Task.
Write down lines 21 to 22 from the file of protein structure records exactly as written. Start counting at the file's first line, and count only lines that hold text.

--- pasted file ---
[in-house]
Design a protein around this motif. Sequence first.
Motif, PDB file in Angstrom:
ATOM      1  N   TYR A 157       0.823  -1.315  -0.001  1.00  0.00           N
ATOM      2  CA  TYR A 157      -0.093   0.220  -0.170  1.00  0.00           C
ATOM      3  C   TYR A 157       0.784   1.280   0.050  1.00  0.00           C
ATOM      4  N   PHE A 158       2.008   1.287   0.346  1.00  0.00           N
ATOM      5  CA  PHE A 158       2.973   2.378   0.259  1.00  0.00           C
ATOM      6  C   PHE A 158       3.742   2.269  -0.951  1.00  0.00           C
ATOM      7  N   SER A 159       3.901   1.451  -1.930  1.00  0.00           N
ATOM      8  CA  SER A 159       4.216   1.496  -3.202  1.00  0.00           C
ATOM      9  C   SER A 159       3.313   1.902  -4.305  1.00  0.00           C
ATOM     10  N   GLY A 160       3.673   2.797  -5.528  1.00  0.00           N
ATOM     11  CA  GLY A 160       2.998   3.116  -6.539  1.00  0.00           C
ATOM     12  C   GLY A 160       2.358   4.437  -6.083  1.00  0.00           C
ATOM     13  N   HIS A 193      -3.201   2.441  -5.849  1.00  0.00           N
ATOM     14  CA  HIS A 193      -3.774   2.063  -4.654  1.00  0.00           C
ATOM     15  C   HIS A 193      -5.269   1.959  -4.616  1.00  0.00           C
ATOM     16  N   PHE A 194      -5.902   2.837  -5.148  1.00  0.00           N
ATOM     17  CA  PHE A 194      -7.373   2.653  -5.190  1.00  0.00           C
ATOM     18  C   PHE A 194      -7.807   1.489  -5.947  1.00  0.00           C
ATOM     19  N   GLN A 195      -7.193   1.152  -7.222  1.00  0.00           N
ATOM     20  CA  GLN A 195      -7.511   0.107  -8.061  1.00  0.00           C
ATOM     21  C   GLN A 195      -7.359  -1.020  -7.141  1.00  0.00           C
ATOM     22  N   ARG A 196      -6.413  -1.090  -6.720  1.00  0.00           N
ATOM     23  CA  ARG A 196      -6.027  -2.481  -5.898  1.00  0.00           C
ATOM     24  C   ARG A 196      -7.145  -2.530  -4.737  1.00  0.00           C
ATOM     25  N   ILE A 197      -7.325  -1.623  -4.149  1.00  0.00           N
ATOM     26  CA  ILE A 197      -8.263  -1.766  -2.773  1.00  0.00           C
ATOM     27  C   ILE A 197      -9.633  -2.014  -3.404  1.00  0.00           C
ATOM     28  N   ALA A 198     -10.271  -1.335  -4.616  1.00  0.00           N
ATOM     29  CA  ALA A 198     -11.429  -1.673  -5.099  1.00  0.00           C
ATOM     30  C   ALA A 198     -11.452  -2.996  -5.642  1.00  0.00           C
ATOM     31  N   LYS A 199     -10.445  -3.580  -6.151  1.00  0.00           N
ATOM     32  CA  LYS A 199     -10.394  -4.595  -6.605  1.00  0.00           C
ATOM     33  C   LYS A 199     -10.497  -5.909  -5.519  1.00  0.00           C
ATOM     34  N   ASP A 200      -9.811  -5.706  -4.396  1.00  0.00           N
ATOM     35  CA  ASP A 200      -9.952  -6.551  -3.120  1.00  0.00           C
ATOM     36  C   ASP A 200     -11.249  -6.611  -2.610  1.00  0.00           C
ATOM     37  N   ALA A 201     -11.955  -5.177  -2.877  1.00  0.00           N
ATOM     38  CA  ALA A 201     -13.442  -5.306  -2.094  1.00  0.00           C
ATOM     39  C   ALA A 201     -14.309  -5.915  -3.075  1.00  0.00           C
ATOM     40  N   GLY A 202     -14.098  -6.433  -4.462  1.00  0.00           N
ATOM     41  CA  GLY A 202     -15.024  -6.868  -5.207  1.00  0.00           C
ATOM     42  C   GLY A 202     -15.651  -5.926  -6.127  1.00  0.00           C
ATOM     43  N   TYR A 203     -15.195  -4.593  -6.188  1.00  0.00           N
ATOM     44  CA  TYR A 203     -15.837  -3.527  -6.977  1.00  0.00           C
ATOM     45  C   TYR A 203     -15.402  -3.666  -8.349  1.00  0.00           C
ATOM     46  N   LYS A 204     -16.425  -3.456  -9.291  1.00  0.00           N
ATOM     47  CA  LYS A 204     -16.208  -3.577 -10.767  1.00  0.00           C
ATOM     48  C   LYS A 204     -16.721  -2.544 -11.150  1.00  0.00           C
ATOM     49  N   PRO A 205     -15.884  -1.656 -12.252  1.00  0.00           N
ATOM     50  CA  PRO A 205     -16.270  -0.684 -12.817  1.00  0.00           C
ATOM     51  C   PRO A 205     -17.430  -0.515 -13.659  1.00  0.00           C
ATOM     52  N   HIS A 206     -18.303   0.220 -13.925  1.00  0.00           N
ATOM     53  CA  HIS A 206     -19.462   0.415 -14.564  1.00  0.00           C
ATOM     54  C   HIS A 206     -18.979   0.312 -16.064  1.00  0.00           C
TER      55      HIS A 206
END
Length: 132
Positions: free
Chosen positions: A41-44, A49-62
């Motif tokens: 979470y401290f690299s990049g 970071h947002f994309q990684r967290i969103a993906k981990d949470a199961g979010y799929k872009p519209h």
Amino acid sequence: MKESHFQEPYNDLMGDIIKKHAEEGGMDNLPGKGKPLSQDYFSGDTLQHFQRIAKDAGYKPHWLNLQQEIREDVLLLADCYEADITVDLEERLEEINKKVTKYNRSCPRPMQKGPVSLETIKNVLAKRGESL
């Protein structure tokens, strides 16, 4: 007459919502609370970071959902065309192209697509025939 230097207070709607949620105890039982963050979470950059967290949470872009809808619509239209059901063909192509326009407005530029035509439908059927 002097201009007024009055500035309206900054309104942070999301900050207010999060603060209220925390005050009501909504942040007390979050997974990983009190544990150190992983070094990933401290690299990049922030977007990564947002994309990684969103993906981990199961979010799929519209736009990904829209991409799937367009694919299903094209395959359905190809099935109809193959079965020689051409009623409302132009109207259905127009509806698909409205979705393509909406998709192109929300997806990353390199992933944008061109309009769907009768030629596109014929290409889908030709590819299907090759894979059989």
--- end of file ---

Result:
ATOM     18  C   PHE A 194      -7.807   1.489  -5.947  1.00  0.00           C
ATOM     19  N   GLN A 195      -7.193   1.152  -7.222  1.00  0.00           N